Rice production in Guyana

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A tractor on a rice field in Guyana. Tractor in field of rice by Khirsah1.jpg
A tractor on a rice field in Guyana.

Rice production in Guyana is an important foodstuff of domestic consumption and one of Guyana's major export commodities.

Contents

Venezuela is the largest importer of Guyana’s rice. Rice is also exported to Caribbean countries such as Trinidad and Tobago, and to Europe.

Exports (in Thousand Metric Tons) [1] [2]
2015201620172018201920202021 (est.)
486431455414496520530

History

Introduced

Rice was first introduced in 1738 by the Dutch Governor of Essequibo, Laurens Storm van 's Gravesande, to feed slaves on the sugar estates. The demand for rice increased with the arrival of indentured workers from India, and after their indenture contract ended, many acquired plots of land and used it for rice cultivation. By 1896 production exceeded local consumption, leading to the first export shipment of rice to Trinidad. [3]

International exports were hampered by the Great War, so Guyana focused on regional trading partners. In 1939 a single marketing organisation for rice was established and by the end of the Second World War Guyana had secured a virtual monopoly of the West Indies market. From 1946 to 1950, average production was 61,181 tons of paddy, 22,991 tons of exports. In 1946 two major trade organizations were formed, the British Guiana Rice Producers Association, and the British Guiana Rice Marketing Board for buying and selling all rice produced in the colony. By 1956 Guyana had been labeled the ‘bread basket of the Caribbean’ and by the time of independence in 1966 paddy production had reached 167,600 tons. [3]

Nationalization

After independence from British colonial rule, policies for self-sufficiency were enacted. Rice was deemed Guyana's main home-grown staple, and wheat, which had to be imported, was banned along with other foods that Guyanese had grown accustomed to. These policies were extremely controversial, nonetheless, attempts were made to create rice products to emulate items made from wheat. [4]

Most rice farms in Guyana were privately owned; the government operated the irrigation systems and rice-processing mills, with the notable exception of Kayman Sankar, whose plantations at Hampton Court polder (on Essequibo's Atlantic coast) included milling, shelling, grading, drying, and storage facilities. This division of the industry resulted in several difficulties. According to the US Embassy, the government neglected irrigation and drainage canals because private farmers refused to pay taxes for their maintenance. Meanwhile, the government-run mills were reportedly slow in paying farmers for their crops. There were also reports of inefficiencies in the government-controlled distribution system for tractors, fuel, spare parts, and fertilizer. [5] [6]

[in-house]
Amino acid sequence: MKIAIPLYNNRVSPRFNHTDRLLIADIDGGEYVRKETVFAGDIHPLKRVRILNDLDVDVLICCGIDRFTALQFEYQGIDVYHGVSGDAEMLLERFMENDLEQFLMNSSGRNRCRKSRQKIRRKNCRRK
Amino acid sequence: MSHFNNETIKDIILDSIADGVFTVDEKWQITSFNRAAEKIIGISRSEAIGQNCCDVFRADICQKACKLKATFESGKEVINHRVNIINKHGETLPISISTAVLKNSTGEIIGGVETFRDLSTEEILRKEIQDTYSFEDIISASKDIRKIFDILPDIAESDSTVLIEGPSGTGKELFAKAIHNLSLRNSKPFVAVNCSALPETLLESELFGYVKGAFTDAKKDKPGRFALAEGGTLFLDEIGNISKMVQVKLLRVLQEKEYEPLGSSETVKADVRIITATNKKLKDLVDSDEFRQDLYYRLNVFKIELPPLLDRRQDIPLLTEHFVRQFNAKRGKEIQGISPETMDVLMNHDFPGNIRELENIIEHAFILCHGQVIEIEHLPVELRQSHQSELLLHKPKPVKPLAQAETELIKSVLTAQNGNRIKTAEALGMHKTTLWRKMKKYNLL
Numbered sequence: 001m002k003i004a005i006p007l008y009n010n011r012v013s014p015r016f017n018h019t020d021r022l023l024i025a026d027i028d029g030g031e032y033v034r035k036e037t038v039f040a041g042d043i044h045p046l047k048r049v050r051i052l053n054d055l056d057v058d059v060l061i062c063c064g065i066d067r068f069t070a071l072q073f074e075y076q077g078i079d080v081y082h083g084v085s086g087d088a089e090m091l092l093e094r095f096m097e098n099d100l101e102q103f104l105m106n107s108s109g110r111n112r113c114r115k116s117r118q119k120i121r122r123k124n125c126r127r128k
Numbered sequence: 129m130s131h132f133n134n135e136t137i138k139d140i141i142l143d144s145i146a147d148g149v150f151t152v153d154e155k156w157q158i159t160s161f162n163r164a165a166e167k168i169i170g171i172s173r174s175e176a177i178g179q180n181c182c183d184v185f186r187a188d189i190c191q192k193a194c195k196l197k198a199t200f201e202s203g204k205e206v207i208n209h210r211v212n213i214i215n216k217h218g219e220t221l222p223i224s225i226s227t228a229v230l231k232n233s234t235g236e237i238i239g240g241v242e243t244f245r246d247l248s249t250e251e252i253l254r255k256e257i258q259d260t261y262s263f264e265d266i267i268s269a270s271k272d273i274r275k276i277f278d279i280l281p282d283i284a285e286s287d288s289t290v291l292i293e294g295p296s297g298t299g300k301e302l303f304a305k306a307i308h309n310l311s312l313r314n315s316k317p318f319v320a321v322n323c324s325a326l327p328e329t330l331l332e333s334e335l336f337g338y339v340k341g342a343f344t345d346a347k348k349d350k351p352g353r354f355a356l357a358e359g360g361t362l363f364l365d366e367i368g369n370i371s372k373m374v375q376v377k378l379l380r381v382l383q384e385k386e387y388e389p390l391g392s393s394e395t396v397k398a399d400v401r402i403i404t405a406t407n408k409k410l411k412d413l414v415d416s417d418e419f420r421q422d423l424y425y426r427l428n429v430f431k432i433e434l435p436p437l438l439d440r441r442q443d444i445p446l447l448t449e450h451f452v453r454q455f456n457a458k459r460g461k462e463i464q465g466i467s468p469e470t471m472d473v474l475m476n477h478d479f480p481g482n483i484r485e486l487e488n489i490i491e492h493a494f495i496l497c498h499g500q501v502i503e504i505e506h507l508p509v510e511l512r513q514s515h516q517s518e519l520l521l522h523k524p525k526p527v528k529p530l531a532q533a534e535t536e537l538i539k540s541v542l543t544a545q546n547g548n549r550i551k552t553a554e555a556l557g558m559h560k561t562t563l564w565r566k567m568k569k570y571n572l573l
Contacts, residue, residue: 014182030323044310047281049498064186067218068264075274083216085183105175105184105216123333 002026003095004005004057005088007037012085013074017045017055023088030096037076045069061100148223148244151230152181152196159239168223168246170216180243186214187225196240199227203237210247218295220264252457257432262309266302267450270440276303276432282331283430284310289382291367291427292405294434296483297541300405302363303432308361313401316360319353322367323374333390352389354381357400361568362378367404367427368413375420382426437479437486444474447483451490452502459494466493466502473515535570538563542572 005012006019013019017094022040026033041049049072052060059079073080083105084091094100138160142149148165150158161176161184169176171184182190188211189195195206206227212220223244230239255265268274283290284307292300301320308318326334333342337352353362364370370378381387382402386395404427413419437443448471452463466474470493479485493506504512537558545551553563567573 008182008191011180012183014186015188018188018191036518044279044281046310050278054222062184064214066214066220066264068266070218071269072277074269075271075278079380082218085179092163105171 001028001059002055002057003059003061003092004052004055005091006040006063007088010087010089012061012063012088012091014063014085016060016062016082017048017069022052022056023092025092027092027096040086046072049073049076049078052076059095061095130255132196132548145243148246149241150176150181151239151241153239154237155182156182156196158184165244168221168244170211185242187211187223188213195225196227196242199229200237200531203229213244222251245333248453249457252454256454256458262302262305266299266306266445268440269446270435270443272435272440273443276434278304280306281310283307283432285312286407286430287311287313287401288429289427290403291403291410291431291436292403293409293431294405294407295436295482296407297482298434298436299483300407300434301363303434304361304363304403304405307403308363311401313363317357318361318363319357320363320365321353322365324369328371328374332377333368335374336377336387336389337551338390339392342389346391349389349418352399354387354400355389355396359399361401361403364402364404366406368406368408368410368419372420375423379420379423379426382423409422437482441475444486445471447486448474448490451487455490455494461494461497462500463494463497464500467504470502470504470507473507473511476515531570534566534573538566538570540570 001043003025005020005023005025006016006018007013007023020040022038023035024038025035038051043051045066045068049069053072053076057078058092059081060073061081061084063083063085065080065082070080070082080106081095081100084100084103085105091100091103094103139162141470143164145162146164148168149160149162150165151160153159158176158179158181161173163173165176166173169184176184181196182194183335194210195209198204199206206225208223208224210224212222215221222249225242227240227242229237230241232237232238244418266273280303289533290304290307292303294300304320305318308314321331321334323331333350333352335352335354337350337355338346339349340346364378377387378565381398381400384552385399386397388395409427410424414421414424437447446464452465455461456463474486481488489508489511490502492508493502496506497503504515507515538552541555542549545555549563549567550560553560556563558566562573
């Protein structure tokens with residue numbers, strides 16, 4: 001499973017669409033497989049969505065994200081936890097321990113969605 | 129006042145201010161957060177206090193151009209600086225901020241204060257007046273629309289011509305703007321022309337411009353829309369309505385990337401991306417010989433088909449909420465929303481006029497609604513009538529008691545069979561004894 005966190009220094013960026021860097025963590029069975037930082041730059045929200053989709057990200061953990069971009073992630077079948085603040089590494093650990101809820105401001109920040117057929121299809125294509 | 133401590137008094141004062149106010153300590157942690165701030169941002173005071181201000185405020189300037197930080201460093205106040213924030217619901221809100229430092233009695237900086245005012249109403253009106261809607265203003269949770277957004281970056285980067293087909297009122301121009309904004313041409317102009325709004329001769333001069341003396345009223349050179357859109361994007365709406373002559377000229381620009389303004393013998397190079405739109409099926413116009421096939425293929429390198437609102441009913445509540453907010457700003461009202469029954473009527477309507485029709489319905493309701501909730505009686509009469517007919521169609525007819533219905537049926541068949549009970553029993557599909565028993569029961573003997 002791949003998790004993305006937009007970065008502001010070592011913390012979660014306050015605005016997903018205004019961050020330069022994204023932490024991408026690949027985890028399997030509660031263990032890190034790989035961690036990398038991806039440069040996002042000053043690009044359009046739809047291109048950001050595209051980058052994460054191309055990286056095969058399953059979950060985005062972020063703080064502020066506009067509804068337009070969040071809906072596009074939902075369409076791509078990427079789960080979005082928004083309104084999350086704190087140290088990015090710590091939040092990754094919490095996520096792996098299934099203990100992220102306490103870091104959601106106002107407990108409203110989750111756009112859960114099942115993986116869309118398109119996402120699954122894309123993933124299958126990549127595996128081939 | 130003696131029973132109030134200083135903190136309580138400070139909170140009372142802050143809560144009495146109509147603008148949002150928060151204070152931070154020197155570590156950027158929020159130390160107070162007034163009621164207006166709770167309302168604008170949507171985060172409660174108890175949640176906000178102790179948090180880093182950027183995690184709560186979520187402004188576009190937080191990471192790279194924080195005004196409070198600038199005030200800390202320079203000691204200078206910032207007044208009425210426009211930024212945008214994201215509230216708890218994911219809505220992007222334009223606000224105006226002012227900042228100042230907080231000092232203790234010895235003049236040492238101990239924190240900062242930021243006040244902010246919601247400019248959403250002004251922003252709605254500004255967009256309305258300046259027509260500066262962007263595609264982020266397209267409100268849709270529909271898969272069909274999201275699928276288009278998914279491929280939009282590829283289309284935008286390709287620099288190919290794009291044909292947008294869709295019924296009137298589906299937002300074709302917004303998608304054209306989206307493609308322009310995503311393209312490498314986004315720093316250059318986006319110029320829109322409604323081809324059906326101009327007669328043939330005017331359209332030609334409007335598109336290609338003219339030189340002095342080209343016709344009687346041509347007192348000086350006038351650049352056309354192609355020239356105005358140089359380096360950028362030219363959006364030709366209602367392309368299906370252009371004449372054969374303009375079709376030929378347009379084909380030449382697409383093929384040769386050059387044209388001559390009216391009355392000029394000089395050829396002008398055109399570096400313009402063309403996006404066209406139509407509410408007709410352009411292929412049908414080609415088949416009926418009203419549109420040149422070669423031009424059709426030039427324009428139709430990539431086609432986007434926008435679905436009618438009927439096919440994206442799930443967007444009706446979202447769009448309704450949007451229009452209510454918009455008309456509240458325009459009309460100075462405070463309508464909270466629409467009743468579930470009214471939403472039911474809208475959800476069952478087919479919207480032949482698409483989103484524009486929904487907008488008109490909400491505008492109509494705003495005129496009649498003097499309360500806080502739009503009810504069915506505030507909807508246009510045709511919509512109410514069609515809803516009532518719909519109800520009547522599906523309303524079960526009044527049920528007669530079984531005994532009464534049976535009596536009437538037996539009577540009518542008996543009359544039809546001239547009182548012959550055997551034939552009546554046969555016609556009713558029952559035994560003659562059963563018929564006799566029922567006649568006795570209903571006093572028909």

Exports took on increasing importance during the 1980s as a source of foreign exchange; there were even reports of rice being smuggled out of the country. Guyana shared a quota for rice exports to the EEC with neighboring Suriname but was unable to fill the quota during the late 1980s. Production reached a high of over 180,000 tons in 1984 but declined to a low of 130,000 tons in 1988 as a result of disease and inconsistent weather. Droughts and heavy rains had an adverse effect on rice crops because the irrigation and drainage systems in rice-growing areas were poorly maintained. The area under rice cultivation fell from 100,000 hectares in 1964 to 36,000 hectares in 1988, according to the Guyana Rice Producers' Association. [5]

In 1988 the government set a 1991 production goal of 240,000 tons and an export goal of 100,000 tons. In the first quarter of 1990, however, exports fell to a record low of 16,000 tons, for an annual rate of less than 70,000 tons. Half of these exports came directly from private farmers, the other half from the Guyana Rice Milling and Marketing. In 1990 the government began privatizing the rice industry by putting several rice mills up for sale. [5]

Since the 2000s

The annual rice production target for 2013 was 412,000 tonnes. Reports in October 2013 indicate that this will be exceeded despite a very wet August and a high infestation of paddy bugs which had caused some damage to the first crop. Dr. Leslie Ramsammy, the Minister of Agriculture has indicated that the local rice industry will surpass the 500,000-tonne mark and Mr. Dharamkumar Seeraj, the General Secretary of the RPA, is reported as saying that the weather conditions were ideal for harvesting and as such, the rice harvest was proceeding smoothly in all rice producing areas of Guyana.

The country produced more than 1 million tons of paddy in 2019. [7] In seeking to develop more value-added agricultural products and enhance utilization, Guyana has taken an interest in products that integrate rice. [8]

See also

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References

  1. "Grain: World Markets and Trade" (PDF). USDA . July 2018. Retrieved 2021-02-16.
  2. "Grain: World Markets and Trade" (PDF). USDA . Retrieved 2021-02-16.
  3. 1 2 "History of Rice in Guyana". Guyana Rice Development Board. 2016-09-14. Retrieved 2021-02-16.
  4. Meislin, Richard J.; Times, Special To the New York (1982-10-03). "GUYANA'S ECONOMY IN A SEVERE CRISIS (Published 1982)". The New York Times. ISSN   0362-4331 . Retrieved 2021-02-17.
  5. 1 2 3 "Guyana - Rice". countrystudies.us. Retrieved 2021-02-16.
  6. van Dijk, Meine Pieter (1992). "Guyana: Economic Recession and Transition". Revista Europea de Estudios Latinoamericanos y del Caribe / European Review of Latin American and Caribbean Studies (53): 95–110. ISSN   0924-0608.
  7. "Behind the Scenes: A Look at Guyana's History of Rice Cultivation". GBTI. 2020-05-19. Retrieved 2021-02-16.
  8. "Guyana on the path to developing value-added rice-based products". Guyana Chronicle. Retrieved 2021-02-17.